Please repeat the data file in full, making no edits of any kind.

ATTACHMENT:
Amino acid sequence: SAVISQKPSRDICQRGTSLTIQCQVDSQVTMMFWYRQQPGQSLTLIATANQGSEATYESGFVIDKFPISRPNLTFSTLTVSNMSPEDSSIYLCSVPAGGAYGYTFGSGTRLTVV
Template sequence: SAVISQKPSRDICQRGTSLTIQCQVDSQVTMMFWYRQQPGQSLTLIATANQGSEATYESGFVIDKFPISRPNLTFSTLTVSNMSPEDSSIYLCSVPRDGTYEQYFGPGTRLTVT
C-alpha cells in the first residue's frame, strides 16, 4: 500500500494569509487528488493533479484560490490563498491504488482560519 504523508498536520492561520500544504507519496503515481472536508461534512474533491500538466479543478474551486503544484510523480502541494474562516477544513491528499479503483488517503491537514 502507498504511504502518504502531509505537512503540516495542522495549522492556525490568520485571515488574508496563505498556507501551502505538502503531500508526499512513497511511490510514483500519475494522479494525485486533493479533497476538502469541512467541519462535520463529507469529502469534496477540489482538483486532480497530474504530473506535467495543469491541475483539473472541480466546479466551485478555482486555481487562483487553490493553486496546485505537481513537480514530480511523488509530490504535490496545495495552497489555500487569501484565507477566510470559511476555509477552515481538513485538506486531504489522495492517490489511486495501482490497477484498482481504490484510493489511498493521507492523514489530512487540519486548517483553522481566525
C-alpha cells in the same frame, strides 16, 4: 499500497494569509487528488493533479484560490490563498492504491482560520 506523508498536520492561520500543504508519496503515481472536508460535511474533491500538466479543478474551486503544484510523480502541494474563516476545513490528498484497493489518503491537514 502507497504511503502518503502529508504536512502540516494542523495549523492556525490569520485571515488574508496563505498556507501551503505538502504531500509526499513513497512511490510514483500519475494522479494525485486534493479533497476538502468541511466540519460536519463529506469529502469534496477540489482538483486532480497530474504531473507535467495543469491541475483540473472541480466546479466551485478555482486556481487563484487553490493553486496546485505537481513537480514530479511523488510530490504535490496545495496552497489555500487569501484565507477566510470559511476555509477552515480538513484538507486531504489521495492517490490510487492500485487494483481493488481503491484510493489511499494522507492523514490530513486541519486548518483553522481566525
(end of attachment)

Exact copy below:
Amino acid sequence: SAVISQKPSRDICQRGTSLTIQCQVDSQVTMMFWYRQQPGQSLTLIATANQGSEATYESGFVIDKFPISRPNLTFSTLTVSNMSPEDSSIYLCSVPAGGAYGYTFGSGTRLTVV
Template sequence: SAVISQKPSRDICQRGTSLTIQCQVDSQVTMMFWYRQQPGQSLTLIATANQGSEATYESGFVIDKFPISRPNLTFSTLTVSNMSPEDSSIYLCSVPRDGTYEQYFGPGTRLTVT
C-alpha cells in the first residue's frame, strides 16, 4: 500500500494569509487528488493533479484560490490563498491504488482560519 504523508498536520492561520500544504507519496503515481472536508461534512474533491500538466479543478474551486503544484510523480502541494474562516477544513491528499479503483488517503491537514 502507498504511504502518504502531509505537512503540516495542522495549522492556525490568520485571515488574508496563505498556507501551502505538502503531500508526499512513497511511490510514483500519475494522479494525485486533493479533497476538502469541512467541519462535520463529507469529502469534496477540489482538483486532480497530474504530473506535467495543469491541475483539473472541480466546479466551485478555482486555481487562483487553490493553486496546485505537481513537480514530480511523488509530490504535490496545495495552497489555500487569501484565507477566510470559511476555509477552515481538513485538506486531504489522495492517490489511486495501482490497477484498482481504490484510493489511498493521507492523514489530512487540519486548517483553522481566525
C-alpha cells in the same frame, strides 16, 4: 499500497494569509487528488493533479484560490490563498492504491482560520 506523508498536520492561520500543504508519496503515481472536508460535511474533491500538466479543478474551486503544484510523480502541494474563516476545513490528498484497493489518503491537514 502507497504511503502518503502529508504536512502540516494542523495549523492556525490569520485571515488574508496563505498556507501551503505538502504531500509526499513513497512511490510514483500519475494522479494525485486534493479533497476538502468541511466540519460536519463529506469529502469534496477540489482538483486532480497530474504531473507535467495543469491541475483540473472541480466546479466551485478555482486556481487563484487553490493553486496546485505537481513537480514530479511523488510530490504535490496545495496552497489555500487569501484565507477566510470559511476555509477552515480538513484538507486531504489521495492517490490510487492500485487494483481493488481503491484510493489511499494522507492523514490530513486541519486548518483553522481566525